Manufacturing slowed in the spring, hobbled by tight fiscal policy and weak global demand, but there are signs it is starting to find some momentum.
Data on Thursday showed a gauge of national factory activity rising to a two-year high in June, driven by a surge in production and new orders.
The Commerce Department report showed factory orders in June were boosted by demand for transportation equipment, with orders there rising 12 percent.
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Orders excluding the volatile transportation category slipped 0.4 percent after rising 1.0 percent in May. Unfilled orders for factory goods jumped 2.1 percent, the largest increase since December 2007, a good sign for future manufacturing activity.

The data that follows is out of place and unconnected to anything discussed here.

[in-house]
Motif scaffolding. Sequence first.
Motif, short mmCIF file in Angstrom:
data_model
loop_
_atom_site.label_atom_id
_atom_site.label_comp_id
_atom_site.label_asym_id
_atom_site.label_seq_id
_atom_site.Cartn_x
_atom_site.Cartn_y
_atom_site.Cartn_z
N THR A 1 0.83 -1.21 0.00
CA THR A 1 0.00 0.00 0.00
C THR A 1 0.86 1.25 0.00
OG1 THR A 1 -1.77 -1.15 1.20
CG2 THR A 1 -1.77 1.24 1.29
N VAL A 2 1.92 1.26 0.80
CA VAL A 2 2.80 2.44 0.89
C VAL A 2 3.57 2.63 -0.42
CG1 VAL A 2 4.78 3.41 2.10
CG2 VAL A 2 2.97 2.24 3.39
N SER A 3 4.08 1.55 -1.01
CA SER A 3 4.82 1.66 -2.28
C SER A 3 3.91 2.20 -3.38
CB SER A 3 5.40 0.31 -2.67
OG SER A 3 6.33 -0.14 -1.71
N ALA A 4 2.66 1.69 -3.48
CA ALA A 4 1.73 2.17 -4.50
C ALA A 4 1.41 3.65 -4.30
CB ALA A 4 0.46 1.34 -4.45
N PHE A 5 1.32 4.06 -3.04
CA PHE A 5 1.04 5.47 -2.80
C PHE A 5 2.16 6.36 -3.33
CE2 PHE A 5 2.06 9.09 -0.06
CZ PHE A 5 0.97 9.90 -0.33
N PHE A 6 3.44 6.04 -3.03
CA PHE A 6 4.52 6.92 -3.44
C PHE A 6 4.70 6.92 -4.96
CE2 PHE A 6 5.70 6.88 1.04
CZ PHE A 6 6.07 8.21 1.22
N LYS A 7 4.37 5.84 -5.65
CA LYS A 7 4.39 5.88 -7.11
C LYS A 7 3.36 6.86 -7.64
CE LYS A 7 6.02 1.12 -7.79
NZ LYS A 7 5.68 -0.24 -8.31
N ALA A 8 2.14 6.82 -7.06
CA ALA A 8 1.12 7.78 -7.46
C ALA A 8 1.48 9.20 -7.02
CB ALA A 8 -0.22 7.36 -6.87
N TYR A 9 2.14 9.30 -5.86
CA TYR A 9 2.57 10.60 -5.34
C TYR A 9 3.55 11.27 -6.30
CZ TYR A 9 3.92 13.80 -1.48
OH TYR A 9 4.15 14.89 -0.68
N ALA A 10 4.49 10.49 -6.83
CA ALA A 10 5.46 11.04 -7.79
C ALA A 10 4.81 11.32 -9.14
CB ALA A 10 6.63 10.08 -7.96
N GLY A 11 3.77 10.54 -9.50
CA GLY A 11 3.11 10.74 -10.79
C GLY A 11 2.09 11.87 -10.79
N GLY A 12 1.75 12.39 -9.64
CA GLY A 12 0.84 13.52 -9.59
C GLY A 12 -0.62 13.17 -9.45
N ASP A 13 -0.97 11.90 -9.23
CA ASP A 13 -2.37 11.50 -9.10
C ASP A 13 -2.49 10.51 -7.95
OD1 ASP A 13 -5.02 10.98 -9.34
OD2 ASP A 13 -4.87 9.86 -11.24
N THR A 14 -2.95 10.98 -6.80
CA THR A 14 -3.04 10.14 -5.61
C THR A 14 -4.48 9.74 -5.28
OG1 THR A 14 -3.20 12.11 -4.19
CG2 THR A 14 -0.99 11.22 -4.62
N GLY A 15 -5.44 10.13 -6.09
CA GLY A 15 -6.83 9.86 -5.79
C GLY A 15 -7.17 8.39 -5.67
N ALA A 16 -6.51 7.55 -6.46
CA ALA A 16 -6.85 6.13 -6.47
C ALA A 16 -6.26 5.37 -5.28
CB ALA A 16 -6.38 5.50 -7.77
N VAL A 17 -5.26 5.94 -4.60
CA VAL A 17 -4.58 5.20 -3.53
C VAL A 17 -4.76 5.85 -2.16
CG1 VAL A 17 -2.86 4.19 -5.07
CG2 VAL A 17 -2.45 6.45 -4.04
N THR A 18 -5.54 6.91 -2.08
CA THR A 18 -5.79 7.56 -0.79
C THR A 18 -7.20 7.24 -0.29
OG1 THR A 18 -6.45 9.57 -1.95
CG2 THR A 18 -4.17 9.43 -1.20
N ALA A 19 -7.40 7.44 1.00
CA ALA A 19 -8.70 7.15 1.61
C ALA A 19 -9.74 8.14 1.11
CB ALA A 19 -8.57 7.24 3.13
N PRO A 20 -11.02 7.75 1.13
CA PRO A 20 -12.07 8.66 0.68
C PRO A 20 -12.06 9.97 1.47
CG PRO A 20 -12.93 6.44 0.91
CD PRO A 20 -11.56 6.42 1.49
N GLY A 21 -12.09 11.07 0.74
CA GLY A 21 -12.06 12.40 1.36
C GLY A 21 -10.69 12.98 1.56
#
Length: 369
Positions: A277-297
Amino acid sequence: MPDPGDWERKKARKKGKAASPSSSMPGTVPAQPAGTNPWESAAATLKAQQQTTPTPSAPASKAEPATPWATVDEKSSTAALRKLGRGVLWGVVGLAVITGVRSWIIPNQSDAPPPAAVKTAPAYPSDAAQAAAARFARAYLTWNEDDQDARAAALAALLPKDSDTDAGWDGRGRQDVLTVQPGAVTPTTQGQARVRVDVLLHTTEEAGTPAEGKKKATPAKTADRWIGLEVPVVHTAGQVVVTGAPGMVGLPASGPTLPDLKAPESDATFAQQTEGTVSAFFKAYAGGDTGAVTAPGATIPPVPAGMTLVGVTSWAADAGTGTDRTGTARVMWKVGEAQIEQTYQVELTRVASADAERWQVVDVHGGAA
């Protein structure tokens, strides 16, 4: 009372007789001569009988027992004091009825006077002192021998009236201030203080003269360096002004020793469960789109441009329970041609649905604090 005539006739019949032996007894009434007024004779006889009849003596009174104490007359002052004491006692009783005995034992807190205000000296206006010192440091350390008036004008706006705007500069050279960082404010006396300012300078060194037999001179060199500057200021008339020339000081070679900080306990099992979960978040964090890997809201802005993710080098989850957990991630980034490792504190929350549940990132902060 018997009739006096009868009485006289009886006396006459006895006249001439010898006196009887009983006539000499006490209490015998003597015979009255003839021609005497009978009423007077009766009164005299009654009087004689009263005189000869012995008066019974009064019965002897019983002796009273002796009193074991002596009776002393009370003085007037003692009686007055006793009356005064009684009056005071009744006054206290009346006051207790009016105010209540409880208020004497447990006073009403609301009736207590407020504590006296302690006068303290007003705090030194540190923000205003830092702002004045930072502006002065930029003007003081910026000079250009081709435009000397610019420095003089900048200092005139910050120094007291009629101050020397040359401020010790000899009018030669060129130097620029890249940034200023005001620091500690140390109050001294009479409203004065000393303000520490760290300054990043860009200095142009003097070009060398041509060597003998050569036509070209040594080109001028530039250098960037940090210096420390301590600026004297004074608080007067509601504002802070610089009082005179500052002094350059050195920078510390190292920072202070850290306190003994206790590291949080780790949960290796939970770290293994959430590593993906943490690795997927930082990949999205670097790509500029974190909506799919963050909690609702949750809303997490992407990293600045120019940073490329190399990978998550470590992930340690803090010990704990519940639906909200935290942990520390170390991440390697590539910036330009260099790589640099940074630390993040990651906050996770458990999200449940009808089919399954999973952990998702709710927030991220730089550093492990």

The department also said orders for durable goods, which are manufactured products expected to last three years or more, rose 3.9 percent instead of the 4.2 percent increase reported last week.
Orders for non-defense capital goods excluding aircraft—seen as a measure of business confidence and spending plans—rose 0.9 percent versus a 0.7 increase reported last week.